Yes, your initial trad-pub books will probably bring in less money than your later self-pubbed books, but that's not necessarily a bad trade-off.
Many self-pubbers make one or two of their early books perma-free in order to entice new readers. Your trad-pubbed book may only make $1000-$3000, but it can be a "loss leader" like those indies' perma-frees.
The marketing and cachet you get from starting with a traditional publisher (and having an agent in your corner when you start out) can still make this path attractive.
But don't make the mistake of thinking it's a get-rich-quick proposition. Write because you love it, have patience, and don't count on living the life of Richard Castle with your first few books.
2) Copyright that manuscript as soon as you type "the end" or somebody will steal your plot!
It's true that plagiarism is a big problem these days
, but not of unedited, unpublished manuscripts. Pirates can lift books right off fan fiction sites or Amazon, so why would they want somebody's first draft?
No matter how original you think your concept is, plot theft is unlikely. The truth is that everybody’s got a story. It’s how you write it that matters.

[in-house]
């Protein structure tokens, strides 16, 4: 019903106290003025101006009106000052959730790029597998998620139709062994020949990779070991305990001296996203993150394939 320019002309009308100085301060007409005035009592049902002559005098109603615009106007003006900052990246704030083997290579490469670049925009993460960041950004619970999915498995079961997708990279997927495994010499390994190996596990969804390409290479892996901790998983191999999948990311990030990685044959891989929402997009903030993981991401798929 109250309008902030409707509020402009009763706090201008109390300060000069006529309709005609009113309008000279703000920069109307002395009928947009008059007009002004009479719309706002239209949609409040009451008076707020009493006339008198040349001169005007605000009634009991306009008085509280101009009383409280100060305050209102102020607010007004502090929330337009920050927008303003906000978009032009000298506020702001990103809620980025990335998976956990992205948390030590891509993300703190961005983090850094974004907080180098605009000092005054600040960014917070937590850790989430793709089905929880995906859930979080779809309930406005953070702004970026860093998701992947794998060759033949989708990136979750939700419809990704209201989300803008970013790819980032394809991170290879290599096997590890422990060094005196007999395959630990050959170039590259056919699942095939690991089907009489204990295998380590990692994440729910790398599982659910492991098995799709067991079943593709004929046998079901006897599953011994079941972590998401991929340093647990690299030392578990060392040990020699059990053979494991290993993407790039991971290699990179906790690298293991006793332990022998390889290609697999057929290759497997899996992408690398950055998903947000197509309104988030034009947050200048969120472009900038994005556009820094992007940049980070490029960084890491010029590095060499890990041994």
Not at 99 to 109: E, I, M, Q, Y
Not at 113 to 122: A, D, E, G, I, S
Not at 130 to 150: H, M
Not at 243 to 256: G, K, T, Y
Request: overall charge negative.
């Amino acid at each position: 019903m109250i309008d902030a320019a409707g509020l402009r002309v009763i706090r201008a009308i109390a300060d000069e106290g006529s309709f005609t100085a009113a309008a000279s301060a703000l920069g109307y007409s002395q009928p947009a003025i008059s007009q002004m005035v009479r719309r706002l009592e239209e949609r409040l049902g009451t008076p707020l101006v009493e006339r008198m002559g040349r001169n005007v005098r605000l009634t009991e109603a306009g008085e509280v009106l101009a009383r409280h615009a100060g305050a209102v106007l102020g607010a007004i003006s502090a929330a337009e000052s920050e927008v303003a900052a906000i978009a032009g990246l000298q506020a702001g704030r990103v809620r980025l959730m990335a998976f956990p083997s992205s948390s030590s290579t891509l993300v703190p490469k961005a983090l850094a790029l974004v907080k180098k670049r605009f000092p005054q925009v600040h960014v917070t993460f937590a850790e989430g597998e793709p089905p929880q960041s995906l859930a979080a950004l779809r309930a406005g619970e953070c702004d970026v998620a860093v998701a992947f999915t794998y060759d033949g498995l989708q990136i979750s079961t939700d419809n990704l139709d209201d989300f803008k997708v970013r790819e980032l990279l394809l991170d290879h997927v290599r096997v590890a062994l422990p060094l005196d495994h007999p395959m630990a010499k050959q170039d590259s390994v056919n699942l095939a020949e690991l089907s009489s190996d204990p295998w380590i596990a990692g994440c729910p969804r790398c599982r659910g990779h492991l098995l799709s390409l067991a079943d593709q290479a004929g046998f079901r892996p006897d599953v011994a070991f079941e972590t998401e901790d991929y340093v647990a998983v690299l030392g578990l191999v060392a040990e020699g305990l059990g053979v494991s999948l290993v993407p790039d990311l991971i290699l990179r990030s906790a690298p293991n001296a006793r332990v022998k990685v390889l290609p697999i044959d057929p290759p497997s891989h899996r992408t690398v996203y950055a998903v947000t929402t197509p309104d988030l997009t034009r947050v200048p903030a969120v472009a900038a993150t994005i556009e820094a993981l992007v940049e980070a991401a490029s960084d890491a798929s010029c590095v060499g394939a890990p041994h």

As Anna Quindlen said, "Every story has already been told. Once you’ve read Anna Karenina, Bleak House, The Sound and the Fury, To Kill a Mockingbird
and A Wrinkle in Time,
you understand that there is really no reason to ever write another novel. Except that each writer brings to the table, if she will let herself, something that no one else in the history of time has ever had."
Since the copyright law reforms of the 1970s, copyrighting your work before it’s published has been the mark of a paranoid amateur.
Especially if you're sending it off to agents. If you mention in your query that you've copyrighted the material, "so don't think you can steal this fabulous idea and publish it yourself" you can expect instant rejection.
Also, the agent will inevitably ask for changes, and and so will your editor—
if you're lucky enough to get a contract—
then it will be a different book, needing a new copyright.
A copyright only costs $35 in the US, but if you register a rough draft, and every subsequent draft, that can add up.
And it's unnecessary: your work is copyrighted as soon as you type it onto your hard drive. (And BTW, you can’t copyright a title.)
If you want to read more on why you can put that paranoia aside, here's my post on "Hey, James Patterson Stole my Plot